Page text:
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Exon Protest Rally Draws 500

A rally to protest the Exon Amendment to the Telecommunications Reform Act drew 500 to a San Francisco rally.

SAN FRANCISCO--"Our freedoms are under attack, and we are unarmed," said Howard Rheingold, author of Virtual Communities, at a rally that attracted about 500 members of the online community to San Francisco's South Park. That notion of freedom under attack became a theme for those gathered here to protest House passage last week of the Exon Amendment to the Telecommunications Reform Act.

Enthusiastic Exon opponents held signs reading "Uncle Sam Out of My Home Page," "Stop Cyber Fascism," and "Long Live Freedom of Speech on the Net." One rally organizer said the issue has succeeded in bringing together a variety of Net users. "The rally has made people aware of what's going on," said John Gilmore, cofounder of the Electronic Frontier Foundation. "We've shown that the Internet affects the whole community; it's not just for geeks."

One rally speaker said the issue has raised such ire because online users are passionate about the Net. "A lot of people really care about the Net, probably more than congressmen," said Todd Lappin, editor of Wired magazine. Simultaneous rallies to protest the Exon Amendment took place today in Seattle and New York City.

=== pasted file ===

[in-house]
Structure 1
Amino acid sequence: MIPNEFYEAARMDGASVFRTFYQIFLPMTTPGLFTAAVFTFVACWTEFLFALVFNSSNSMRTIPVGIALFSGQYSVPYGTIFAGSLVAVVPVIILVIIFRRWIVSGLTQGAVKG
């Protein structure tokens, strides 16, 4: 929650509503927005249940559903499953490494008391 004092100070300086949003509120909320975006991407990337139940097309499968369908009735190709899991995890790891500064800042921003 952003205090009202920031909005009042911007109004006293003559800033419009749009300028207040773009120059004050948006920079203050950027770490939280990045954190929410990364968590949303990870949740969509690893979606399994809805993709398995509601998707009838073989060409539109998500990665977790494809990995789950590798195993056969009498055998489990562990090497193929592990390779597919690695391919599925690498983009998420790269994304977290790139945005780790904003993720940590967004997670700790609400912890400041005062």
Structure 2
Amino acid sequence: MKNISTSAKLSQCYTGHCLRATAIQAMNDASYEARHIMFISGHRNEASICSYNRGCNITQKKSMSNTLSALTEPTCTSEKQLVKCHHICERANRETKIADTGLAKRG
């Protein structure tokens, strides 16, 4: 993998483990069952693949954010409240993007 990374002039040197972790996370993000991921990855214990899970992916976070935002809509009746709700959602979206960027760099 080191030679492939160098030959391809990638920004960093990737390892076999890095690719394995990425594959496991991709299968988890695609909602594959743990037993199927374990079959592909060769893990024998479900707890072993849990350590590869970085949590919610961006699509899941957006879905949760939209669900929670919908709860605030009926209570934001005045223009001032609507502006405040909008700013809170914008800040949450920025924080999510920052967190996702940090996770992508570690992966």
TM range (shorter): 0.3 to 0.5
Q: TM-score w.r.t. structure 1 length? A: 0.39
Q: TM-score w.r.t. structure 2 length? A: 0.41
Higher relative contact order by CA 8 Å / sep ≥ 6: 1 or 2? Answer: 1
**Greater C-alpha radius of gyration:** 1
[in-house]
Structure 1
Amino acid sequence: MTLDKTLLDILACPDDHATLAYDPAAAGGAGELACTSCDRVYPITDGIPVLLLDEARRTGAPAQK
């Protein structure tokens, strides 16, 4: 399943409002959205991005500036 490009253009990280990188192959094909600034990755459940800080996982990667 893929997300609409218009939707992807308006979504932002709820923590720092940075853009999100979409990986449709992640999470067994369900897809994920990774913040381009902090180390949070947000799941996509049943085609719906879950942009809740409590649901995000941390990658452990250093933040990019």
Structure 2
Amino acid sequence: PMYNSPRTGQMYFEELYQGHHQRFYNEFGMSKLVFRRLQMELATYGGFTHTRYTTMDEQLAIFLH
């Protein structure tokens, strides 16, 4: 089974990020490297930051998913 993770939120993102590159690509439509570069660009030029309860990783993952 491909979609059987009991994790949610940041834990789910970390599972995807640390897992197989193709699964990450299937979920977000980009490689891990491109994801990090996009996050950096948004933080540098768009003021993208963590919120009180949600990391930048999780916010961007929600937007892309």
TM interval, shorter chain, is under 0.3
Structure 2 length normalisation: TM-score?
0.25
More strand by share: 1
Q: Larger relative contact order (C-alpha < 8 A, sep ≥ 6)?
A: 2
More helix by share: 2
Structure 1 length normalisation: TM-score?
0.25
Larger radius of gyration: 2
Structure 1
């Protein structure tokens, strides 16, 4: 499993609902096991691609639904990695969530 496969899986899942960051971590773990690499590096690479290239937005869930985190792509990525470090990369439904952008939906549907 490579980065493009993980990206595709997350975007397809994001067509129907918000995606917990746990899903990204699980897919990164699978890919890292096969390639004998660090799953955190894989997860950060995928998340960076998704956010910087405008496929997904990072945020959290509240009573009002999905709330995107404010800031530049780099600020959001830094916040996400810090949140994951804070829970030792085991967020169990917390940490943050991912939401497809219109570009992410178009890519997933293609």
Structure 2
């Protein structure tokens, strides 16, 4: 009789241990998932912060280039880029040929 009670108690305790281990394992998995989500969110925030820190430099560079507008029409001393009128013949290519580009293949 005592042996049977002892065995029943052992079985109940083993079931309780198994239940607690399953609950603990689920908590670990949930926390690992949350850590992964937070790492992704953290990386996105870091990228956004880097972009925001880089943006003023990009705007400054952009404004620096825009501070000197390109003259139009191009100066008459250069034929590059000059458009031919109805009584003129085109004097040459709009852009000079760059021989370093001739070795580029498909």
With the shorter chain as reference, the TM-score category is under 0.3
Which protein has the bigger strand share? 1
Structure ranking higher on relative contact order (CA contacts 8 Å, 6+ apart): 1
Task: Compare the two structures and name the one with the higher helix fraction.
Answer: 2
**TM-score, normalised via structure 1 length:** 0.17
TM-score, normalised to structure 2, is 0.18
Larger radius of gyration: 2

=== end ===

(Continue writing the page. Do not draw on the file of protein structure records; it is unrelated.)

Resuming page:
Most of the speakers, including Mike Godwin, legal counsel for the Electronic Frontier Foundation, said the government shouldn't have an "opinion" of what the Internet community needs because half of them have never logged on. "Congress is ignorant about the First Amendment," Godwin shouted. "We elect people because we hope they will act rationally. I emphasize the word hope."

Godwin also cited the recent ban by America Online of the word breast. "Don't be angry at AOL, because they apologized and are now using the word; be angry at Congress because they make companies like AOL think those words are wrong," he said.

Godwin was addressing Uncle Sam when he said, "You are threatening to destroy the Net, the first medium of mankind that provides mass communication to every citizen," said Godwin. "If you pass this, we will remember, and we will vote you out."

Some organizations are taking legal action. "The ACLU has pledged to file a lawsuit in Congress and if we are unsuccessful, we will sue them to represent you," said Dorothy Ehrlick, executive director of the ACLU. "This medium has the opportunity to make us a more just and equal society--they can't take that away," she said.

Wired's Lappin said that if the bill passes, hundreds of sites will be banned, including the following:, Go Ask Alice,, and bianca's Smut Shack.